Even in states like Illinois, which has plenty of skilled workers, businesses complain of an imbalance between their needs and the workers' training. Schultz points to new initiatives, like a state-sponsored partnership with an automotive lighting plant. After completing an eight-week training program, the students are guaranteed a job.
"You're talking about 19- and 20-year-olds making $15 to $20 an hour," Schultz said.
The new emphasis on workforce means changes in this year's Top States for Business study, where we score all 50 states in 10 categories of competitiveness. Under our methodology, workforce will carry the most weight in this year's study, accounting for 400 of the possible 2,500 points across our 10 categories.
Tesla's Ricardo Reyes points out that there is more to a good workforce than just having lots of available people. "Our hiring standards are incredibly high," he said, adding that Tesla's diverse needs—"We're a tech company, but we're also a manufacturing company"—create particular challenges.
"We hire everything from Stanford Ph.D.s to folks that need to be on the assembly line," Reyes said.
The company's flagship factory in Fremont, California—a converted GM and Toyota plant that is less than 20 miles from Stanford University—has plenty of qualified workers of all kinds nearby. The company is convinced the new site, near Sparks, Nevada, will ultimately offer similar advantages.
"We're looking for folks at the top of the field of whatever they're doing," Reyes said.
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Measuring workforce quality
To measure the quality of the states' workforces, our Top States study looks not just at how many available workers each state has but how educated those workers are. We also rate the effectiveness of state worker training programs. And while organized labor may see things differently, we look—as businesses do—at union participation, awarding more points to states with low unionization rates.
Roughly two-thirds of our CFO Council respondents consider so-called "right to work" laws banning mandatory union dues an important or very important factor in deciding where to locate. As a result, right-to-work measures will again be worth workforce points, as they have been since our study began. New this year because of the added emphasis on workforce, we'll consider worker productivity and the ability of states to avoid the "brain drain" of college graduates moving elsewhere.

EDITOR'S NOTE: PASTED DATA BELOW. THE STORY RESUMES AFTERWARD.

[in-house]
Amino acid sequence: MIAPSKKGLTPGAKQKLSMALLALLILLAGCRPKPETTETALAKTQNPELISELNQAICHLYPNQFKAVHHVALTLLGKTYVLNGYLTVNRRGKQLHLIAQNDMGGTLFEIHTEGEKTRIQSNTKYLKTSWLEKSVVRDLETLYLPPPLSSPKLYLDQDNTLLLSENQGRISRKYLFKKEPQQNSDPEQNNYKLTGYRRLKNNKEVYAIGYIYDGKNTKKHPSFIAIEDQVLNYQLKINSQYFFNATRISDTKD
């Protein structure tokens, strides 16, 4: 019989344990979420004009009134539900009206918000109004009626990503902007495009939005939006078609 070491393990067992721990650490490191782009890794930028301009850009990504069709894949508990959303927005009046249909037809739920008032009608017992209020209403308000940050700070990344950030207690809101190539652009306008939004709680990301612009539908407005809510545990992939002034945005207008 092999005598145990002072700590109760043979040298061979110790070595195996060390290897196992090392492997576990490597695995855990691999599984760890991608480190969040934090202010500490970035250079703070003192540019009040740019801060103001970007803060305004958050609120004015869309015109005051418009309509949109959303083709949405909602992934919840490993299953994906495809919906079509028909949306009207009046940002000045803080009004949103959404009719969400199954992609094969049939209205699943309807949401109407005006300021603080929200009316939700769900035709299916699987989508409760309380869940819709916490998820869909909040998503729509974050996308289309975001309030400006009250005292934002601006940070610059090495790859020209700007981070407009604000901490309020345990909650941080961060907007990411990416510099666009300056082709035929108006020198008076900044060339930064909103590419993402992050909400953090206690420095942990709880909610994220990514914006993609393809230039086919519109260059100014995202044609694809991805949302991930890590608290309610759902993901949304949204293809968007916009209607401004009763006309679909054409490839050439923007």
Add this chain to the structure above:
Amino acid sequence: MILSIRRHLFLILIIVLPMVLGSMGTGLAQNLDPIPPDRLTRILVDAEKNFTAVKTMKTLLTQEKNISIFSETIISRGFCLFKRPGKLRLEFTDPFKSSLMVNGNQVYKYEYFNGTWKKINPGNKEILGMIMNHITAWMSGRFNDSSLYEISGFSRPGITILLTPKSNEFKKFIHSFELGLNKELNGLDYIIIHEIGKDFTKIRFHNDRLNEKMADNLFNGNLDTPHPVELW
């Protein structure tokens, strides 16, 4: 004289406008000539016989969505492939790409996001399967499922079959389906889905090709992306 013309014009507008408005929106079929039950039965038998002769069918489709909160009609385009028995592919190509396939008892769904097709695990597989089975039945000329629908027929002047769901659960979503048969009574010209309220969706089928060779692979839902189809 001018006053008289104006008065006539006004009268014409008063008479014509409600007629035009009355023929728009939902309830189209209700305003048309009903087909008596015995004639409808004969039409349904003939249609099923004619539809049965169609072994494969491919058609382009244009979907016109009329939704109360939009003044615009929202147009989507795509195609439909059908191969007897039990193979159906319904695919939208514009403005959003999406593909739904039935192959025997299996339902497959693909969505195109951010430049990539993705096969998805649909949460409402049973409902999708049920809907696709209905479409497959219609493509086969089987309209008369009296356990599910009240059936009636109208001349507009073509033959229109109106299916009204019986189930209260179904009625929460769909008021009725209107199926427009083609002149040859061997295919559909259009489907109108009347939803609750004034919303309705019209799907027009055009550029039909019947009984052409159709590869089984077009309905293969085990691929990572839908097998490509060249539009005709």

Last year's Top State in the Workforce category was Georgia, which also was America's Top State for Business overall. And while a strong workforce will be an even greater contributor to a state's overall prospects this year, it is not a guarantee. Arizona, which had our second-ranked workforce last year, finished 13th overall. And Florida, which has consistently performed well in the category, including a third-place finish last year, finished 20th overall.
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As for Illinois, if last year's rankings are any guide, it may need to do some catching up to its new workforce sales pitch. Illinois' workforce finished 32nd last year, contributing to the state's overall 27th place ranking.
Nevada finished a respectable 14th in the Workforce category last year, helping make the state the most improved in our rankings last year. It still finished just 29th overall in 2014, but Reyes notes that the Tesla announcement has already convinced some other companies to move to Nevada—a lesson for every other state.
"It's so competitive now," he said. "More than ever, states need to cooperate with the private sector."